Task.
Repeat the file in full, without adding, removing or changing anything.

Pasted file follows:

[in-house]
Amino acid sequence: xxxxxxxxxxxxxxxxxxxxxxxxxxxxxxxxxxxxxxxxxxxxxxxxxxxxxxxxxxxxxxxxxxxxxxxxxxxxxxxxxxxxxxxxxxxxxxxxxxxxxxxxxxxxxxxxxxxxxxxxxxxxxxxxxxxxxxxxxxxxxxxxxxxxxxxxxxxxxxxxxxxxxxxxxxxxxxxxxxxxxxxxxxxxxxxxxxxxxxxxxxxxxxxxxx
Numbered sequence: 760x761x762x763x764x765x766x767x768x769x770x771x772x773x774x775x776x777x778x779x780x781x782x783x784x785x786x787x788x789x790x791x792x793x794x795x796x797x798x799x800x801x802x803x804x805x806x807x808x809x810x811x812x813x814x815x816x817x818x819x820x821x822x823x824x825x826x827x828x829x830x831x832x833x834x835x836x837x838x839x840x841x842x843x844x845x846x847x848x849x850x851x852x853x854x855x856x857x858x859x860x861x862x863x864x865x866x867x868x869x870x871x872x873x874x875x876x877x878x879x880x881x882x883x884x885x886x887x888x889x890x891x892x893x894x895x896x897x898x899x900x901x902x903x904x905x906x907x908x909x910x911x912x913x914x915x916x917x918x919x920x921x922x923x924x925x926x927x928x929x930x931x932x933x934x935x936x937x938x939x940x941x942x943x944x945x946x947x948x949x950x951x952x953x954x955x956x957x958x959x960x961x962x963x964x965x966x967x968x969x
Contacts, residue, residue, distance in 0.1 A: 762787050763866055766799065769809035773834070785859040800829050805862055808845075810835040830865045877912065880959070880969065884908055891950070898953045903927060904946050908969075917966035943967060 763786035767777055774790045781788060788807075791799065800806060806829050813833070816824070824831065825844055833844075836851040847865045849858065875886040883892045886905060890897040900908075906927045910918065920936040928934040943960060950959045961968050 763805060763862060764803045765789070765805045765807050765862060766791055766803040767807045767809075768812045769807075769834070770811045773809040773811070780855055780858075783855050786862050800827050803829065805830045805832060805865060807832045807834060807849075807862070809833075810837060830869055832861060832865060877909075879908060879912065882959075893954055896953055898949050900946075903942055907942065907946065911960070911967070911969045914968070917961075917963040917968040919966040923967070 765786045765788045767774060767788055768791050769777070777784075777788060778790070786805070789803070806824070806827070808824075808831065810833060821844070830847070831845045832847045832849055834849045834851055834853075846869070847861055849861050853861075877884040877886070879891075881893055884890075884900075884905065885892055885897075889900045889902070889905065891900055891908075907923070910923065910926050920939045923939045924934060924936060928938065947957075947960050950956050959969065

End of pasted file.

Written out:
[in-house]
Amino acid sequence: xxxxxxxxxxxxxxxxxxxxxxxxxxxxxxxxxxxxxxxxxxxxxxxxxxxxxxxxxxxxxxxxxxxxxxxxxxxxxxxxxxxxxxxxxxxxxxxxxxxxxxxxxxxxxxxxxxxxxxxxxxxxxxxxxxxxxxxxxxxxxxxxxxxxxxxxxxxxxxxxxxxxxxxxxxxxxxxxxxxxxxxxxxxxxxxxxxxxxxxxxxxxxxxxxx
Numbered sequence: 760x761x762x763x764x765x766x767x768x769x770x771x772x773x774x775x776x777x778x779x780x781x782x783x784x785x786x787x788x789x790x791x792x793x794x795x796x797x798x799x800x801x802x803x804x805x806x807x808x809x810x811x812x813x814x815x816x817x818x819x820x821x822x823x824x825x826x827x828x829x830x831x832x833x834x835x836x837x838x839x840x841x842x843x844x845x846x847x848x849x850x851x852x853x854x855x856x857x858x859x860x861x862x863x864x865x866x867x868x869x870x871x872x873x874x875x876x877x878x879x880x881x882x883x884x885x886x887x888x889x890x891x892x893x894x895x896x897x898x899x900x901x902x903x904x905x906x907x908x909x910x911x912x913x914x915x916x917x918x919x920x921x922x923x924x925x926x927x928x929x930x931x932x933x934x935x936x937x938x939x940x941x942x943x944x945x946x947x948x949x950x951x952x953x954x955x956x957x958x959x960x961x962x963x964x965x966x967x968x969x
Contacts, residue, residue, distance in 0.1 A: 762787050763866055766799065769809035773834070785859040800829050805862055808845075810835040830865045877912065880959070880969065884908055891950070898953045903927060904946050908969075917966035943967060 763786035767777055774790045781788060788807075791799065800806060806829050813833070816824070824831065825844055833844075836851040847865045849858065875886040883892045886905060890897040900908075906927045910918065920936040928934040943960060950959045961968050 763805060763862060764803045765789070765805045765807050765862060766791055766803040767807045767809075768812045769807075769834070770811045773809040773811070780855055780858075783855050786862050800827050803829065805830045805832060805865060807832045807834060807849075807862070809833075810837060830869055832861060832865060877909075879908060879912065882959075893954055896953055898949050900946075903942055907942065907946065911960070911967070911969045914968070917961075917963040917968040919966040923967070 765786045765788045767774060767788055768791050769777070777784075777788060778790070786805070789803070806824070806827070808824075808831065810833060821844070830847070831845045832847045832849055834849045834851055834853075846869070847861055849861050853861075877884040877886070879891075881893055884890075884900075884905065885892055885897075889900045889902070889905065891900055891908075907923070910923065910926050920939045923939045924934060924936060928938065947957075947960050950956050959969065